Those Summer Reads

Disclaimer: This is a long post. I have taken the whole summer to write it, to put thought into every book I read, beginning with the adult fiction and ending with the young adult fiction (going back in time!). And bear with me; this is the first big chunk of non-required fiction I’ve read since before undergrad. Enjoy!

While this is not true in life, when reading, I find myself again and again returning to my first love: young adult fiction. In many ways, this blog is about me learning what it means to be a full-blown grown-up, having been out of teenage-hood for over four years at this point. Yet why do I find myself returning, again and again, to books that leave permanent, gorgeous, wrenching imprints on my heart? 

Because there are parts of being a teenager that are timeless, the age itself encompasses a liminality that I find myself drawn to, especially during a time like this when I embody the space of my own many transitions. The words of Augustus Waters (The Fault in Our Stars; see below) both haunt and inspire me: “our own little infinity.” At 22, I find myself grateful for having experienced many infinities, that leaping into the unknown. 

And so this summer fiction-wise, I read a relatively even blend of literature about people younger and literature about people older than me. It is almost as if, in order to get into the present moment, I return to the past and gaze into the future and try to mediate the practical and figuring-out muck of adulthood with the drifting-away innocence of what it means to slowly grow up with meaning.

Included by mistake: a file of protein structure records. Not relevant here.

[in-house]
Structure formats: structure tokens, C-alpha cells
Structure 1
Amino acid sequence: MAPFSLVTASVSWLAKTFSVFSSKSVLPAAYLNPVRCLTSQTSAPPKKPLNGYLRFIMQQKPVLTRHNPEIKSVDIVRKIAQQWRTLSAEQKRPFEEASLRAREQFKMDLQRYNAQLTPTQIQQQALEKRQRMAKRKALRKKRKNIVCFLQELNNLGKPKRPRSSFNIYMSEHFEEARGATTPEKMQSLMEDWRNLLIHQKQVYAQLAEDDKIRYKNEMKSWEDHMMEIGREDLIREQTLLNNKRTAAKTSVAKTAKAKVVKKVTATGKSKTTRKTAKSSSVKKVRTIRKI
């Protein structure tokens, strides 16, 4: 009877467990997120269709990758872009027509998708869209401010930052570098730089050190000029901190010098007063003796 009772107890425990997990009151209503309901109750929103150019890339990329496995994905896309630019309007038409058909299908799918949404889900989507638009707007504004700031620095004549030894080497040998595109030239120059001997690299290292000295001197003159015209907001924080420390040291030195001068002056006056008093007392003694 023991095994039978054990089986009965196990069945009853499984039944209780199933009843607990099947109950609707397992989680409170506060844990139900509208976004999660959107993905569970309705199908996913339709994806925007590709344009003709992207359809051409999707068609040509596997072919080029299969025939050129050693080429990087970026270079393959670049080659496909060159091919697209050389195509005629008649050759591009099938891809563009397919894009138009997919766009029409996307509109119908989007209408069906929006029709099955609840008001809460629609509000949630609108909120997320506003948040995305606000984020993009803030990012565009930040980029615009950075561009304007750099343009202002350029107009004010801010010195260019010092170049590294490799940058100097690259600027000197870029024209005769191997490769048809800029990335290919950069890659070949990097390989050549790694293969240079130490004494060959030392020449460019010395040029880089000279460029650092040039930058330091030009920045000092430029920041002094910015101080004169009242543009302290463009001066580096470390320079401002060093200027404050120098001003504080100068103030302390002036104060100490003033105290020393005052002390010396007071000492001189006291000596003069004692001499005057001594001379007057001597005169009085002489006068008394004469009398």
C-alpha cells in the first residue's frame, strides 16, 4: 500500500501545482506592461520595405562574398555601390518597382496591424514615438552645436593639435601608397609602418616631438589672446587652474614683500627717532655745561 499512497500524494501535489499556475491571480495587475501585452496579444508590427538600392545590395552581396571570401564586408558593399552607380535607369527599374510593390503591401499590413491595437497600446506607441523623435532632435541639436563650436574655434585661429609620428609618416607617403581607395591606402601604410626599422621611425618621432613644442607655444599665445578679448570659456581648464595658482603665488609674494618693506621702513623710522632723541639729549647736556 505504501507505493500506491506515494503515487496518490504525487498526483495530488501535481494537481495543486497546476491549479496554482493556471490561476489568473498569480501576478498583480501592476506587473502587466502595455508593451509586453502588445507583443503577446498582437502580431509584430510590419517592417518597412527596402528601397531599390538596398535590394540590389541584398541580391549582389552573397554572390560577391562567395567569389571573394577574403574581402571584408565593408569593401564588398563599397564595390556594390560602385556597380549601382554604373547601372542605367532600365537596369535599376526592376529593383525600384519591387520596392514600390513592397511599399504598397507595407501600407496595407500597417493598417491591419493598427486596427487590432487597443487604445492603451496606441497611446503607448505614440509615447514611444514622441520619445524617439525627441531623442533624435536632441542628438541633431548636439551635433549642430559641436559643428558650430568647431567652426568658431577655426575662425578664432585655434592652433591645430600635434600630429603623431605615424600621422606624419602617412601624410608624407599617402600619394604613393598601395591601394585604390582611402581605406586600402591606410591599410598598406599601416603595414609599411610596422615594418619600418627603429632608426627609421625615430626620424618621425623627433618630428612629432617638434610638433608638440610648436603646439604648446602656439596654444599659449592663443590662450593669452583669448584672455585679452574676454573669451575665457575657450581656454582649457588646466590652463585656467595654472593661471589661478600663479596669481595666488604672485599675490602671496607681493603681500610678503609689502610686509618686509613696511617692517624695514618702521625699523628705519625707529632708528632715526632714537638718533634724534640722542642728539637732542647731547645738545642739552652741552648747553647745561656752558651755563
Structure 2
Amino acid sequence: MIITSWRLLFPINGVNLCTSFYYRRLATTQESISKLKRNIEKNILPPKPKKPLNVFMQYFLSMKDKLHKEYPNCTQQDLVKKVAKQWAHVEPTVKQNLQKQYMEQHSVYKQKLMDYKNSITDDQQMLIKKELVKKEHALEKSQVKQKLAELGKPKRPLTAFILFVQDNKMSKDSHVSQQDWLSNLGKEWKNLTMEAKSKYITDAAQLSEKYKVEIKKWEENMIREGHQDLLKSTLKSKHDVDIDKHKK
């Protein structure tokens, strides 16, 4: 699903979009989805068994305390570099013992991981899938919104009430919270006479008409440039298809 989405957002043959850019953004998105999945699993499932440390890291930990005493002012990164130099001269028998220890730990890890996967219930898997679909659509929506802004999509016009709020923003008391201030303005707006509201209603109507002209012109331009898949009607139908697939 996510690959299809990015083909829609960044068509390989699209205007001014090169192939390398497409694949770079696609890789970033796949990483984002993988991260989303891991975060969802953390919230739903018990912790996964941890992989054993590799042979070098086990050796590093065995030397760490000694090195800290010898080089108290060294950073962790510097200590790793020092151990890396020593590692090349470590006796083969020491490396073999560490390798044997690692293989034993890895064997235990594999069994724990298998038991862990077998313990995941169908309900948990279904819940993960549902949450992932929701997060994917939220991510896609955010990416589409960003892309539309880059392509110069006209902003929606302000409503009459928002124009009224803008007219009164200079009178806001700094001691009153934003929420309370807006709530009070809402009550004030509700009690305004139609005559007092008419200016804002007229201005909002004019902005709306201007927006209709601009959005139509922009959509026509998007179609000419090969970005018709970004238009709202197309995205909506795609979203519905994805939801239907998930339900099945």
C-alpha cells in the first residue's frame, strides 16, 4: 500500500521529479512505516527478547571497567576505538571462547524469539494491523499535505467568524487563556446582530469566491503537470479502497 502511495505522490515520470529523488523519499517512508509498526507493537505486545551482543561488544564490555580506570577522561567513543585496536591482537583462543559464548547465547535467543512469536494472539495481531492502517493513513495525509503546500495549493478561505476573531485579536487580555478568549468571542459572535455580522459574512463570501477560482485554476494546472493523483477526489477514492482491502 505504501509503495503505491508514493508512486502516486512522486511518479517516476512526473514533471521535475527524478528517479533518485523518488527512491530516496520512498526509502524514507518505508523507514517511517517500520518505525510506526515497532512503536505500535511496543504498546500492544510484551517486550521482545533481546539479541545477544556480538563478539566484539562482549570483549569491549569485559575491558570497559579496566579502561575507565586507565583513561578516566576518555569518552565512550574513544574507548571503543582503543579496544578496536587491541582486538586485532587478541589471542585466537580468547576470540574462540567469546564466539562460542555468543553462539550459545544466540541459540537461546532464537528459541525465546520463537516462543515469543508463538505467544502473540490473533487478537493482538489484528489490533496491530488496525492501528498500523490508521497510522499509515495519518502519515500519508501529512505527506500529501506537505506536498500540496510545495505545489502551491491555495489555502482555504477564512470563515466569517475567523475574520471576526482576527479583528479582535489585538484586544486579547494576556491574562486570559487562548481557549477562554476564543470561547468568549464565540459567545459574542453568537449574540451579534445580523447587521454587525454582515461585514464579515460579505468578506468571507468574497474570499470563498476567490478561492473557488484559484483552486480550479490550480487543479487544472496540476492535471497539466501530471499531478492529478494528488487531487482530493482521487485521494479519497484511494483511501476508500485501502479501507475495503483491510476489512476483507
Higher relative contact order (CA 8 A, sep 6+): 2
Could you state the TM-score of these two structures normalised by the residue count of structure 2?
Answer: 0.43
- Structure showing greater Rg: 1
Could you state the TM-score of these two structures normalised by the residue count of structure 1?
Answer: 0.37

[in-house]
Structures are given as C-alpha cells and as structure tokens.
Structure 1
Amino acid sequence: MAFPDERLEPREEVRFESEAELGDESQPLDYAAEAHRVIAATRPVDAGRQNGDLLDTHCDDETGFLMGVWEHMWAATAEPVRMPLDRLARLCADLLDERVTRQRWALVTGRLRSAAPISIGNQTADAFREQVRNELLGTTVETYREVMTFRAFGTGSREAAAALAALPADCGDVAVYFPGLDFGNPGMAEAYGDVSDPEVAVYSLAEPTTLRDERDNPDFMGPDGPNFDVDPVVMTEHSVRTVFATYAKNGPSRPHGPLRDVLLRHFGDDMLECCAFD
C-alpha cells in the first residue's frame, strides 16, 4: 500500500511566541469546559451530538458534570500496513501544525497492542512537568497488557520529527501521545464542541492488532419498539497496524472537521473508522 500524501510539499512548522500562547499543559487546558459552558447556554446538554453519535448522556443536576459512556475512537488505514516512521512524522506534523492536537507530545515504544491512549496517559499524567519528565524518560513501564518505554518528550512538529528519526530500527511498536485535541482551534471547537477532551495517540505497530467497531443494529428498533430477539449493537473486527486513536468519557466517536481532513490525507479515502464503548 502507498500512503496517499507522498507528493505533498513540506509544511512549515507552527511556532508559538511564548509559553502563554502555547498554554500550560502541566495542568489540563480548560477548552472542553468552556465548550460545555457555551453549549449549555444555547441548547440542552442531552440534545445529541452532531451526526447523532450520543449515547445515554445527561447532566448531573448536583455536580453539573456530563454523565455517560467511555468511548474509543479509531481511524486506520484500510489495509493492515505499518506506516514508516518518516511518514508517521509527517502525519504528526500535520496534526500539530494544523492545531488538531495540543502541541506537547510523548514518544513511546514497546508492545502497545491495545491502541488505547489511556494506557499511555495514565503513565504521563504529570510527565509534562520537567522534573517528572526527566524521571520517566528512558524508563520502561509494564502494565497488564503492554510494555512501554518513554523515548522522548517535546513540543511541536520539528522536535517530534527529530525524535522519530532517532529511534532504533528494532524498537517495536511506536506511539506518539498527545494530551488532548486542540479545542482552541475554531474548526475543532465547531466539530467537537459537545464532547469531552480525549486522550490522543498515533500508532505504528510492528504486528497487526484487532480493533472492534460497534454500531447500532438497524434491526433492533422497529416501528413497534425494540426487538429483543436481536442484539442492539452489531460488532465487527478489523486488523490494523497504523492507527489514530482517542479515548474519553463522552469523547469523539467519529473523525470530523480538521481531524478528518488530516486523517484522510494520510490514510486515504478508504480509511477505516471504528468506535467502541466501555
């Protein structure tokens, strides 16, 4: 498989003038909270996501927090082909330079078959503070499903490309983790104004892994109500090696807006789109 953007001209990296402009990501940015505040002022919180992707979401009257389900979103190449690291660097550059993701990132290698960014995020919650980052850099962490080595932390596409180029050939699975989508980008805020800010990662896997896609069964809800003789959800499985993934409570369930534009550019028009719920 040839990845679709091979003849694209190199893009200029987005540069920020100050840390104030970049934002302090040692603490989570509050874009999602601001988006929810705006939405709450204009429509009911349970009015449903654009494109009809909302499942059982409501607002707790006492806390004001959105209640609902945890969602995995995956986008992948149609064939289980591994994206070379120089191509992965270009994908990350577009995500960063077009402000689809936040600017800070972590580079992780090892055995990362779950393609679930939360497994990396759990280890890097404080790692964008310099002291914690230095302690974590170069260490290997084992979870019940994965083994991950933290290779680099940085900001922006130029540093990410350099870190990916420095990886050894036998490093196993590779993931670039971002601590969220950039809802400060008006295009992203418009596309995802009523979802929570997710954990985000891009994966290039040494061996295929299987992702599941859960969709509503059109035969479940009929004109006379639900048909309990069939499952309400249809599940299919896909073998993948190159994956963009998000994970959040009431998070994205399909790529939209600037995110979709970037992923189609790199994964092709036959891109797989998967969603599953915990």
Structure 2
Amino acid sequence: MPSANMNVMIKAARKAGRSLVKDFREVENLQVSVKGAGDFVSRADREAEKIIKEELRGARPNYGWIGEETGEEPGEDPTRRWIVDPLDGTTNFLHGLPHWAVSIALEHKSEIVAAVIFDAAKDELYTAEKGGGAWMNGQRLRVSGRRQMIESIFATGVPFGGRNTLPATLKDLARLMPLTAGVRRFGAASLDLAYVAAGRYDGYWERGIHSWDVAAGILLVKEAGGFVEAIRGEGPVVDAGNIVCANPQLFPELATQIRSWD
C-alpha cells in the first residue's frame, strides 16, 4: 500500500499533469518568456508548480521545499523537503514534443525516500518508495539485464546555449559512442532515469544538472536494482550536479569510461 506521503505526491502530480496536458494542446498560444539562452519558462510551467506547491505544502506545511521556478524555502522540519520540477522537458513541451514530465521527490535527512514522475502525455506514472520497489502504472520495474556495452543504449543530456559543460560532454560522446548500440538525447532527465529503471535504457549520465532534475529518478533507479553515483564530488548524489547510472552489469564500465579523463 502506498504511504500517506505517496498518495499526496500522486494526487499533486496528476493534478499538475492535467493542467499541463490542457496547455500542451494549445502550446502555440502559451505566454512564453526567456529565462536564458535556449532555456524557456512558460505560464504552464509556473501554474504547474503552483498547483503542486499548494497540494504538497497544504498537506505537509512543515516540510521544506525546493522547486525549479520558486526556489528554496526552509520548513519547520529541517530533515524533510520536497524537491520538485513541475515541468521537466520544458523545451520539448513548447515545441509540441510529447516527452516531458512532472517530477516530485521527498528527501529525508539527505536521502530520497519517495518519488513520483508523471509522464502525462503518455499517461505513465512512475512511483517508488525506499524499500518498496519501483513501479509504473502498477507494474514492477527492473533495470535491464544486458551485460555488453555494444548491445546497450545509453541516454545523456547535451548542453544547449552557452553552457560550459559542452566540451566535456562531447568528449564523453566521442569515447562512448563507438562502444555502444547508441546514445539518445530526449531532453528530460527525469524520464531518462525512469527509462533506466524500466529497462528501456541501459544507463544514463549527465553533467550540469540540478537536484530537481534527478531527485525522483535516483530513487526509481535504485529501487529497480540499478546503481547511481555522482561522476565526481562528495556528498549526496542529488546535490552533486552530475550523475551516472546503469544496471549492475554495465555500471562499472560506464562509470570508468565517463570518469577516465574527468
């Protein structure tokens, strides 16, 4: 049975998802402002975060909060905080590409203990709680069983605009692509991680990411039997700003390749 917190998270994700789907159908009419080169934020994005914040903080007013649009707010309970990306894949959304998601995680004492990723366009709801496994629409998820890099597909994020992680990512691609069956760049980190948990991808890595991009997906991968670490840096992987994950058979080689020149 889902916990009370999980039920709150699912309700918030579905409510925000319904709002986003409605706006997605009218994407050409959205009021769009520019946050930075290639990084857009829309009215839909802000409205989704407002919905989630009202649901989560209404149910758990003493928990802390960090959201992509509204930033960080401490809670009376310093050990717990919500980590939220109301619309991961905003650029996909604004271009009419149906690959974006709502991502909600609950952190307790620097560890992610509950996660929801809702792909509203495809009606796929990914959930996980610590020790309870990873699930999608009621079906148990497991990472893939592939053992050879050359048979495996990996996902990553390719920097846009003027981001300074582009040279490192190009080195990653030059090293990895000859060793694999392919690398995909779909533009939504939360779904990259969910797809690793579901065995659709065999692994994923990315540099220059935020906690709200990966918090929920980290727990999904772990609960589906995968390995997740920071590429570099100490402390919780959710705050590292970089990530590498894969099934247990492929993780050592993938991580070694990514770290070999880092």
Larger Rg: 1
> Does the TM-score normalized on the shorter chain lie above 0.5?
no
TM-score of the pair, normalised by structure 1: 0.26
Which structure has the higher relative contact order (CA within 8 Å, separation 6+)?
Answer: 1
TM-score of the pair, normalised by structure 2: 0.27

The Love Affairs of Nathaniel P. by Adelle Waldman

A person by the name of the protagonist in my own life left that book on the kitchen table one moment and the next, I found myself using it to try to decipher the male psyche with Waldman’s highly observational piece of fictionThe Love Affairs of Nathaniel P chronicles the inner monologues of – you guessed it – Nathaniel P in relation to – you guessed it again – his love affairs. Reading this novel was like watching a particularly gory episode of Game of Thrones yet not being able to look away. While physical violence wasn’t this protagonist’s modus operandi and the setting was far from fantasy (the setting is the Brooklyn literati scene), reading this novel was, at times, brutal. I did not want to believe that someone could actually think this way about women. Yet my friend J (this book got passed around plenty) had an interesting take on it: how much of what Nate thought was actually his thoughts? To what extent did Waldman paint his thoughts as what he thought he should be thinking? Is this meta enough for you? Regardless, form your own opinions. I most definitely deem it a worthwhile read!